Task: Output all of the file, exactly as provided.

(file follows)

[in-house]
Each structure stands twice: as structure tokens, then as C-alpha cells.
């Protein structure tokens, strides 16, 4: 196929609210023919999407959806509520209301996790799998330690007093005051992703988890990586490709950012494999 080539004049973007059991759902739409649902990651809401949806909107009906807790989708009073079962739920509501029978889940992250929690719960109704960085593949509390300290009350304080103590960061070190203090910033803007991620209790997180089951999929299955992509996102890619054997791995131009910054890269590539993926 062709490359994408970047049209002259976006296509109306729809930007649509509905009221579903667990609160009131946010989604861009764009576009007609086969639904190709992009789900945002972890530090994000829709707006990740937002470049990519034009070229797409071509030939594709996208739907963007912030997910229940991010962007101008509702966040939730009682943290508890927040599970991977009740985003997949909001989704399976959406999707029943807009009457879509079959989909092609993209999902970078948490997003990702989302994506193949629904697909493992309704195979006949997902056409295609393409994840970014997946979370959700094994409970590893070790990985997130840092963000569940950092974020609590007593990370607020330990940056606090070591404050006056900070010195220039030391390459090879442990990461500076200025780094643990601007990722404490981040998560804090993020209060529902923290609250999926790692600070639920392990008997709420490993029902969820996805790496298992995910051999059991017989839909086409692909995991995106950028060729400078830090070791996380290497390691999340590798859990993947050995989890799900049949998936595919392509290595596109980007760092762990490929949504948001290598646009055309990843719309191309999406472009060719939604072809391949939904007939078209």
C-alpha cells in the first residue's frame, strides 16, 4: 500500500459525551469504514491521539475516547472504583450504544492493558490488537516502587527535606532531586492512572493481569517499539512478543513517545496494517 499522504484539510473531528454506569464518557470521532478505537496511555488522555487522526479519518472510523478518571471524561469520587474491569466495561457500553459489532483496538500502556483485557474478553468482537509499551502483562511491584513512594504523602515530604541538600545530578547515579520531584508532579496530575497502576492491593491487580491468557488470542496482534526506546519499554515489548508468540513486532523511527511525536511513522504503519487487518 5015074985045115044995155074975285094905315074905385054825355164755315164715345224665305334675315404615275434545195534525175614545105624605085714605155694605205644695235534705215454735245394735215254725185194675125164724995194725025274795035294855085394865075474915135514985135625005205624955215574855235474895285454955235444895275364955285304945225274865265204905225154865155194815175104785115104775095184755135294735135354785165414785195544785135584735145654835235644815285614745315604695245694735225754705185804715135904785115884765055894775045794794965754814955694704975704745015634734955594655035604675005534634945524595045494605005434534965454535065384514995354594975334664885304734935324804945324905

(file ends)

[in-house]
Each structure stands twice: as structure tokens, then as C-alpha cells.
């Protein structure tokens, strides 16, 4: 196929609210023919999407959806509520209301996790799998330690007093005051992703988890990586490709950012494999 080539004049973007059991759902739409649902990651809401949806909107009906807790989708009073079962739920509501029978889940992250929690719960109704960085593949509390300290009350304080103590960061070190203090910033803007991620209790997180089951999929299955992509996102890619054997791995131009910054890269590539993926 062709490359994408970047049209002259976006296509109306729809930007649509509905009221579903667990609160009131946010989604861009764009576009007609086969639904190709992009789900945002972890530090994000829709707006990740937002470049990519034009070229797409071509030939594709996208739907963007912030997910229940991010962007101008509702966040939730009682943290508890927040599970991977009740985003997949909001989704399976959406999707029943807009009457879509079959989909092609993209999902970078948490997003990702989302994506193949629904697909493992309704195979006949997902056409295609393409994840970014997946979370959700094994409970590893070790990985997130840092963000569940950092974020609590007593990370607020330990940056606090070591404050006056900070010195220039030391390459090879442990990461500076200025780094643990601007990722404490981040998560804090993020209060529902923290609250999926790692600070639920392990008997709420490993029902969820996805790496298992995910051999059991017989839909086409692909995991995106950028060729400078830090070791996380290497390691999340590798859990993947050995989890799900049949998936595919392509290595596109980007760092762990490929949504948001290598646009055309990843719309191309999406472009060719939604072809391949939904007939078209």
C-alpha cells in the first residue's frame, strides 16, 4: 500500500459525551469504514491521539475516547472504583450504544492493558490488537516502587527535606532531586492512572493481569517499539512478543513517545496494517 499522504484539510473531528454506569464518557470521532478505537496511555488522555487522526479519518472510523478518571471524561469520587474491569466495561457500553459489532483496538500502556483485557474478553468482537509499551502483562511491584513512594504523602515530604541538600545530578547515579520531584508532579496530575497502576492491593491487580491468557488470542496482534526506546519499554515489548508468540513486532523511527511525536511513522504503519487487518 5015074985045115044995155074975285094905315074905385054825355164755315164715345224665305334675315404615275434545195534525175614545105624605085714605155694605205644695235534705215454735245394735215254725185194675125164724995194725025274795035294855085394865075474915135514985135625005205624955215574855235474895285454955235444895275364955285304945225274865265204905225154865155194815175104785115104775095184755135294735135354785165414785195544785135584735145654835235644815285614745315604695245694735225754705185804715135904785115884765055894775045794794965754814955694704975704745015634734955594655035604675005534634945524595045494605005434534965454535065384514995354594975334664885304734935324804945324905